The 34 minutes of darkness during one of the most watched sporting events in the world has many people scratching their heads. How can a recently refurbished and upgraded stadium hosting such a major event end up in that situation? Would more investments in the “smart grid” have helped avoid this problem?
The short answer is maybe.
Until the reason for the partial blackout is clearly identified, it remains unknown if more accurate and agile sensors and systems could have helped avoid the immense hiccup. Thankfully the crowd stayed calm and the impact of the lights going out was little more than a short delay, an inconvenience to the players and an opportunity for sportscasters to test their ability to fill airtime unscripted.
What we do know is that a smarter grid helped keep a similar problem from occurring during the Orange Bowl in Florida a couple years ago. As Michael Grunwald from Time reported,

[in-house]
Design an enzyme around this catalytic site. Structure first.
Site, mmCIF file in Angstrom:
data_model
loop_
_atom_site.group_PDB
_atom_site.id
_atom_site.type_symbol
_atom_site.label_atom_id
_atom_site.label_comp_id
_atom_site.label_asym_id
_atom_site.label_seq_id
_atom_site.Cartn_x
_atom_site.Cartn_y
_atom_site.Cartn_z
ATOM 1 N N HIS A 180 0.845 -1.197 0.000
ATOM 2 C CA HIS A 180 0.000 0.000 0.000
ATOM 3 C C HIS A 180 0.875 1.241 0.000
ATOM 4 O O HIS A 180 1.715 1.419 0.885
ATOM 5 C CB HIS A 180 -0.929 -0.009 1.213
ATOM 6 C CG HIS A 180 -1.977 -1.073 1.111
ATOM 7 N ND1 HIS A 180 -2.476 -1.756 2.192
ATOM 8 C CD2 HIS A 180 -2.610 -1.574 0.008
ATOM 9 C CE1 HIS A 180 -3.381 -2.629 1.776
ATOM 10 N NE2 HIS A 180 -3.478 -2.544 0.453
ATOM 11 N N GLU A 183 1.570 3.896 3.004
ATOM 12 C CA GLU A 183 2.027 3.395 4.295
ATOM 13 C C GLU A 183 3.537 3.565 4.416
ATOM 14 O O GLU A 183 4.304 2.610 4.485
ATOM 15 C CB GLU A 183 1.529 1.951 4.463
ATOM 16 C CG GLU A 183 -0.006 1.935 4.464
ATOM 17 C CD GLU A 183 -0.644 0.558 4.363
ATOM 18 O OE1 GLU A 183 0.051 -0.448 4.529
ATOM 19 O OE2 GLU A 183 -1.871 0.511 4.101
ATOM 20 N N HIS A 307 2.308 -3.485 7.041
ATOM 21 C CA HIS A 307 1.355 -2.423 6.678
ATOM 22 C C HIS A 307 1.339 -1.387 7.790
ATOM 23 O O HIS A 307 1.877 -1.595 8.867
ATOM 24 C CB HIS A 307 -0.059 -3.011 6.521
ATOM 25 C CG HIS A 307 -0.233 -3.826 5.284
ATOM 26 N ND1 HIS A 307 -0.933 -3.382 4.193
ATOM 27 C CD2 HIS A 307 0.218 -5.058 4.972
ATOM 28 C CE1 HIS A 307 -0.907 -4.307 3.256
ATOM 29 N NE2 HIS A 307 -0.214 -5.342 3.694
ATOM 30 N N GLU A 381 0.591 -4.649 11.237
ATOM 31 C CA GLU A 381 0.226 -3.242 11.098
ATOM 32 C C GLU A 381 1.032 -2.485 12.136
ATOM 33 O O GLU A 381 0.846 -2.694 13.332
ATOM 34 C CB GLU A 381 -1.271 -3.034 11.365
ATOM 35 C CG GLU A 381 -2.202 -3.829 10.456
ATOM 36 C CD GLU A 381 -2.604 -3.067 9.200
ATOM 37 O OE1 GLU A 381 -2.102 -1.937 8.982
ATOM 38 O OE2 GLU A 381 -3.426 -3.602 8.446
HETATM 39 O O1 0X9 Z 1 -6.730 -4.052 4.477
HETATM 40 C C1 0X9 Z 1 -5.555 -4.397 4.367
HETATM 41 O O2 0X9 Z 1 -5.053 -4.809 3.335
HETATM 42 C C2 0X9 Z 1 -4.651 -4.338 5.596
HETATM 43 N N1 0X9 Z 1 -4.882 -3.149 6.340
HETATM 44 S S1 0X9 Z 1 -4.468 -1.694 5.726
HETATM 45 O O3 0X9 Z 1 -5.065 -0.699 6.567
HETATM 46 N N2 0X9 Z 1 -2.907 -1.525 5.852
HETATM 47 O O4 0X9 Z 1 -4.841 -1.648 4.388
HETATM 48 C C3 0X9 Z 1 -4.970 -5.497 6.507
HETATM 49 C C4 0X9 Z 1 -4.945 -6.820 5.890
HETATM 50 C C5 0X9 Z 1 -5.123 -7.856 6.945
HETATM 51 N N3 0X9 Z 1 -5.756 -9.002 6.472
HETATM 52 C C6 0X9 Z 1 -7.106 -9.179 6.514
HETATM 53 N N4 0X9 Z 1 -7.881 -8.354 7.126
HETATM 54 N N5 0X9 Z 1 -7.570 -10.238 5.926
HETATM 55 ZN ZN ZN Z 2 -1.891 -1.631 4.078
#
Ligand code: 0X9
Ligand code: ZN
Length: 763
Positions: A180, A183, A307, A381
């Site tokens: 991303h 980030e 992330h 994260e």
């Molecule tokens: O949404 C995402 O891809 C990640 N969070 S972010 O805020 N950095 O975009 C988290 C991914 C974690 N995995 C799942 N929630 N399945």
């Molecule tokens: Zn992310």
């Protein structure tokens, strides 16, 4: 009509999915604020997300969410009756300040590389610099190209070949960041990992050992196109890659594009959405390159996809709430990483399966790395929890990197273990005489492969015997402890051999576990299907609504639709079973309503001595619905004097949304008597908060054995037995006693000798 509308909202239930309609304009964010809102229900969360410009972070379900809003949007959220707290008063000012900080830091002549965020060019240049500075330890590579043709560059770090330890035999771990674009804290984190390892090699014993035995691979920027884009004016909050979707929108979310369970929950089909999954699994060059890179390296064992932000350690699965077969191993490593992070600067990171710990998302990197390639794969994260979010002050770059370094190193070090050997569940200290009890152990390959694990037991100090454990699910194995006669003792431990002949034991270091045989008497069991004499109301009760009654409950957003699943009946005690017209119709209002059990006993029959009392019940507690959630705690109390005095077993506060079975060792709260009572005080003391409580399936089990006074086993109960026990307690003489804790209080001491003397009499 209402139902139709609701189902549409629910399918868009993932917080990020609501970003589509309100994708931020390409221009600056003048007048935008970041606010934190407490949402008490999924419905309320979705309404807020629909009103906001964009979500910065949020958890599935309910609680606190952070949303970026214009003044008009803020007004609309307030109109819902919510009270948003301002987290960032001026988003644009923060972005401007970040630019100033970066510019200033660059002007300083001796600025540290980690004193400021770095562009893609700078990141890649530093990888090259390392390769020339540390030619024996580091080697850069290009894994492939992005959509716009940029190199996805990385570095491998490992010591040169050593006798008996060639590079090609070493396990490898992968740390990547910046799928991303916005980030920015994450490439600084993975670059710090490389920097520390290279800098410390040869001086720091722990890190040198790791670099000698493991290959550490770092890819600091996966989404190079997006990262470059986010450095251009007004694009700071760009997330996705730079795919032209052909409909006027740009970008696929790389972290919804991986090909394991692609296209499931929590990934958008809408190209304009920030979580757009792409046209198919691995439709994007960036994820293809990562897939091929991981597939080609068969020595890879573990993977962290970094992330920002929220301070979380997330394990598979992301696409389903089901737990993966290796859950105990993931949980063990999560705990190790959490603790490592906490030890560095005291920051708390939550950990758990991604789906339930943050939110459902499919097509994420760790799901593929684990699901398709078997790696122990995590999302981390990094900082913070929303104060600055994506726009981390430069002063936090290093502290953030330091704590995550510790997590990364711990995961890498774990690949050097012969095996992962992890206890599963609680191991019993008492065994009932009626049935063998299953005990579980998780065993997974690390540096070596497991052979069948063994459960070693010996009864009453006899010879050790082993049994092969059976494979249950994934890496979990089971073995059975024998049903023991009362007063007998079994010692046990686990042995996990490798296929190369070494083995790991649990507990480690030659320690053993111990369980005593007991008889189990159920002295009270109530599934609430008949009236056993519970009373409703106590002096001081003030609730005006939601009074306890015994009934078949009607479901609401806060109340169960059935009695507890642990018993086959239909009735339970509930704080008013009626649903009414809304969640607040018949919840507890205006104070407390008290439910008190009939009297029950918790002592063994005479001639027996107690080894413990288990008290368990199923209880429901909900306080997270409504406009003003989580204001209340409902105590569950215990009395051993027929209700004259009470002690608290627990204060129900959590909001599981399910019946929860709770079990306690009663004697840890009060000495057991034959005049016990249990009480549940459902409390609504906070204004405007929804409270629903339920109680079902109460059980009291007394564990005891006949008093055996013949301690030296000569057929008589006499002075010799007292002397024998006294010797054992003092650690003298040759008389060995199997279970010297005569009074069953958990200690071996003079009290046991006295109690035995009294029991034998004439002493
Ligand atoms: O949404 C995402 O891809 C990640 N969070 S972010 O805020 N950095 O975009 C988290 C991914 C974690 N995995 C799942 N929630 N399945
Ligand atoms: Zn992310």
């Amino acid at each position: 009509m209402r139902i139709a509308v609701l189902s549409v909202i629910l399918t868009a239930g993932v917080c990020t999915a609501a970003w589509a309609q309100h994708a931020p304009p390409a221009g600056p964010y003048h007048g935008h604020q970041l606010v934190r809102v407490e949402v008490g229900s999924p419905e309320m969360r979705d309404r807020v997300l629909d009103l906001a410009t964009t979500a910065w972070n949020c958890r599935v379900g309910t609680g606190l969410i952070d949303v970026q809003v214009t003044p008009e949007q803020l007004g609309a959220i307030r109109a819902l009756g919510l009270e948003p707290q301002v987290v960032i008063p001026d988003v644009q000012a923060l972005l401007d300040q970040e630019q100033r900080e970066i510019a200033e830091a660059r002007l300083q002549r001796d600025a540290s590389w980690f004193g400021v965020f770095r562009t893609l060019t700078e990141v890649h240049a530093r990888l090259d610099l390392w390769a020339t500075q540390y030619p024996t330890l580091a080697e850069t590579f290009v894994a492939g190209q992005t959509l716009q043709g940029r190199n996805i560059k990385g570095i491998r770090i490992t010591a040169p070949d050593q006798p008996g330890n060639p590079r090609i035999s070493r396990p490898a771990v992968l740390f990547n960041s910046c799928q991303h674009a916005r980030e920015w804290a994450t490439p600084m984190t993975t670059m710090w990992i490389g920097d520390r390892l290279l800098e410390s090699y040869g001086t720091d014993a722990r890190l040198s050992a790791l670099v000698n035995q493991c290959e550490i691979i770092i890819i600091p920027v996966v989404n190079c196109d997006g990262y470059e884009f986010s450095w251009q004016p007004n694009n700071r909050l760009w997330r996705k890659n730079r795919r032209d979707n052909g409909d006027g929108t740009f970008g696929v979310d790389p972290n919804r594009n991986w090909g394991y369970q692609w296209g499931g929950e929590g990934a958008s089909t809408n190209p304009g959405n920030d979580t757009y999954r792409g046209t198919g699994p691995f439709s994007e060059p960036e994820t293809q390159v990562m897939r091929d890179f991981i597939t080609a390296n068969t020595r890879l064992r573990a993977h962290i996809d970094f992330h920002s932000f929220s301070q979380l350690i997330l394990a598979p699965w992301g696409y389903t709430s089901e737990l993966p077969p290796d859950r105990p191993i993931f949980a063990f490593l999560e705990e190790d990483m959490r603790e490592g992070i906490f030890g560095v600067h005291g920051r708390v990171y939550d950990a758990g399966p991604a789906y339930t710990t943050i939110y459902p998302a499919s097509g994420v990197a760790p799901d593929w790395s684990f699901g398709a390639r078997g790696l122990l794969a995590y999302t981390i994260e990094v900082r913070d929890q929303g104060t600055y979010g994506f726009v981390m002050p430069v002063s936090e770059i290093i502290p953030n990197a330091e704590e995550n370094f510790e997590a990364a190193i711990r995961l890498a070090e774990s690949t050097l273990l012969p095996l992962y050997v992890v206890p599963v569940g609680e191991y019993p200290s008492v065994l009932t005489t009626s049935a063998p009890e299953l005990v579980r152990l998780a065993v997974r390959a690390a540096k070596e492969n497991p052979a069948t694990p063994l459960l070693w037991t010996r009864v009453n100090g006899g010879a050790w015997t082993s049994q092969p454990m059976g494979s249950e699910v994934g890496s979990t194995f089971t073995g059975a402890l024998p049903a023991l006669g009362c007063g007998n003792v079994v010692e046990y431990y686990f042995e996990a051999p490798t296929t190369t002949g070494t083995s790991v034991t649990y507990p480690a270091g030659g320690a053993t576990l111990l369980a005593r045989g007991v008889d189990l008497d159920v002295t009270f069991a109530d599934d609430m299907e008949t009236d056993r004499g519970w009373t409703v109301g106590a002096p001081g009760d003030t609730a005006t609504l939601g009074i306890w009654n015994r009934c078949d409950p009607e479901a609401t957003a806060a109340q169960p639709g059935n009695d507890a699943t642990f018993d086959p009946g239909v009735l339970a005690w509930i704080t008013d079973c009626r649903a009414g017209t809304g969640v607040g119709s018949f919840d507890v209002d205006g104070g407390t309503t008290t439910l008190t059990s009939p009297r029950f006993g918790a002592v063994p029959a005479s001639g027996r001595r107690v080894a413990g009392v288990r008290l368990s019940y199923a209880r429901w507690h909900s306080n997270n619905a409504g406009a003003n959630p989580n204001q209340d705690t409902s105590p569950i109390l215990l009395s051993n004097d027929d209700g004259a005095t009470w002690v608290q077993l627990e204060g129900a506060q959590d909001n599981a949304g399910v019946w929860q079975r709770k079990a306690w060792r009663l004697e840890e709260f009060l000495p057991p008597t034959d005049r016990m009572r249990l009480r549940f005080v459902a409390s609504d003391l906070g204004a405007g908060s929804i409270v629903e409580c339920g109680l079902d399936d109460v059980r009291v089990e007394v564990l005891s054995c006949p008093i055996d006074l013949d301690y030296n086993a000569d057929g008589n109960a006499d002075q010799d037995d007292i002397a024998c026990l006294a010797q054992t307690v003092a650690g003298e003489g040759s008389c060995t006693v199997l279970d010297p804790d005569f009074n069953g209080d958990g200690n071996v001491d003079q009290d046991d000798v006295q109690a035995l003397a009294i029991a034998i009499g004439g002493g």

“[As] millions of Americans watched Stanford’s football team win the Orange Bowl. None of them knew that an aging transformer nearly overloaded while feeding power to the stadium, triggering voltage alerts that gave new meaning to the phrase red zone.
Thanks to high-tech equipment installed through a $200 million smart-grid grant to Florida Power & Light, transformers that used to be checked manually once a year were being monitored electronically every second. The new equipment detected the problem and diverted power elsewhere.”
While keeping the lights on at the Superbowl shouldn’t be the primary reason for us to encourage our utilities to invest in a smarter grid, it would be an added bonus. As we upgrade our systems across the continent, one small request from the Quinzee team: let’s upgrade to smart systems. We’d prefer to watch the players battling it out rather than staring into the dark sky and stretching.